Source: Prestel Publishing
Living in a Modern Way-California Design 1930-1965
by Wendy Kaplan
Via MIT Press:
The heart of California Design is the modern California home, famously characterized by open plans conducive to outdoor living. The layouts of modernist homes by Pierre Koenig, Craig Ellwood, and Raphael Soriano, for example, were intended to blur the distinction between indoors and out. Homes were furnished with products from Heath Ceramics, Van Keppel-Green, and Architectural Pottery as well as other, previously unheralded companies and designers. Many objects were designed to be multifunctional: pool and patio furniture that was equally suitable indoors, lighting that was both task and ambient, bookshelves that served as room dividers, and bathing suits that would turn into ensembles appropriate for indoor entertainment.
50 Modern Buildings that Changed the World
by Deyan Sudjic
Via Design Museum:
The history of modern architecture is as diverse as it is beautiful, varying wildly from region to region and era to era. Here Deyan Sudjic, Director of the Design Museum, explores 50 of the most significant and striking buildings in the world, from the modernist aesthetic of Le Corbusier’s Villa Savoye to the eye-catching flair of Beijing’s CCTV Headquarters.
Palm Springs Modern-Houses in the California Desert
by Adéle Cygelman
This classic volume, now available at a lower price, showcases jet-set homes designed by the likes of Neutra, Frey, Lautner, and others. Palm Springs is famous as a mecca for the international jet set. But the city has also attracted its share of eccentrics and mavericks who have left an architectural legacy that remains unsurpassed for its originality and international influence. This book examines the impact that architects and designers have had on the desert oasis, primarily from the 1940s to the 1960s. Palm Springs Modern features examples of midcentury modernism at its most glamorous, some of them the residences of prominent figures who commissioned weekend getaways in the desert, including Frank Sinatra, Walter Annenberg, and Raymond Loewy. Adéle Cygelman’s insightful text, a foreword by architectural historian Joseph Rosa, contemporary color photography by David Glomb, and the celebrated archival black-and-white work of Julius Shulman all capture the distinctly modern allure of America’s famed desert playground.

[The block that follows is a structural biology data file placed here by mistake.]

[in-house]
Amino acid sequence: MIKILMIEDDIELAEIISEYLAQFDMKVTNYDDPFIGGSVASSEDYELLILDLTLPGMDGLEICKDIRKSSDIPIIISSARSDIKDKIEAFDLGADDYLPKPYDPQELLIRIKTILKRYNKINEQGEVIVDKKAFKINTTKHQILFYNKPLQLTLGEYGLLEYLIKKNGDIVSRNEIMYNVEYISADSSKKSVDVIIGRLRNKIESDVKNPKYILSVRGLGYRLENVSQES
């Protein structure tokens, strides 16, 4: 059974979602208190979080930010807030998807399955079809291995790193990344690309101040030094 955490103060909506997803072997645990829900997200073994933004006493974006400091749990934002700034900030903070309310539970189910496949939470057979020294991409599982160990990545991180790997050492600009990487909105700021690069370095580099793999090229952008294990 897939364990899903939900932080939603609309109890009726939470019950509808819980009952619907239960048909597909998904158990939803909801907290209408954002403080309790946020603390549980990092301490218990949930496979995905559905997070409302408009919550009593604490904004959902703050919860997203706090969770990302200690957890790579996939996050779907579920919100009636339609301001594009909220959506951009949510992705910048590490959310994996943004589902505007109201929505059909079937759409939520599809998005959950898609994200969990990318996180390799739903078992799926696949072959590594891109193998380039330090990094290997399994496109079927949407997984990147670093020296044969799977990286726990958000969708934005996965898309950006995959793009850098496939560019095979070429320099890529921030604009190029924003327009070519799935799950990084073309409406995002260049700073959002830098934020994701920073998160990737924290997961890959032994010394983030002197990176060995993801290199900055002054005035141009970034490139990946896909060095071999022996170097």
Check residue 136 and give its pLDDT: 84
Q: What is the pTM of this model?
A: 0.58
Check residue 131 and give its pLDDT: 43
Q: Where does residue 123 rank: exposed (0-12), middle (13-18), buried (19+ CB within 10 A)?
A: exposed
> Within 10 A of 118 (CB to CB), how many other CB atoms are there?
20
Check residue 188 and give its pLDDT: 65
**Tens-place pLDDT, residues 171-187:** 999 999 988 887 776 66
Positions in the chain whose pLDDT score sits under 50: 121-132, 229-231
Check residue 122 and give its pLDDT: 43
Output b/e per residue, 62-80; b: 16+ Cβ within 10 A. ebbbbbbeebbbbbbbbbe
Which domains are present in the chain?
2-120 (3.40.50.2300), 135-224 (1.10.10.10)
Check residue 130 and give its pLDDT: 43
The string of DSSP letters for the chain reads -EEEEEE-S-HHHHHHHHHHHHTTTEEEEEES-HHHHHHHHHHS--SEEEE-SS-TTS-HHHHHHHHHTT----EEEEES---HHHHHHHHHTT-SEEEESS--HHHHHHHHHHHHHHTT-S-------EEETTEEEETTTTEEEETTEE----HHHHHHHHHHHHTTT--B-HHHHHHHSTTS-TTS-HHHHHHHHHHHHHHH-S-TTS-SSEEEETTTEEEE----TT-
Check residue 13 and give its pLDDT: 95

Case Study Houses the Complete CSH Program
by Elizabeth A. T. Smith
The Case Study House program (1945-66) was an exceptional, innovative event in the history of American architecture and remains to this day unique. The program, which concentrated on the Los Angeles area and oversaw the design of 36 prototype homes, sought to make available plans for modern residences that could be easily and cheaply constructed during the postwar building boom.
The program’s chief motivating force was Arts & Architecture editor John Entenza, a champion of modernism who had all the right connections to attract some of architecture’s greatest talents, such as Richard Neutra, Charles and Ray Eames, and Eero Saarinen. Highly experimental, the program generated houses that were designed to re-define the modern home, and thus had a pronounced influence on architecture—American and international—both during the program’s existence and even to this day.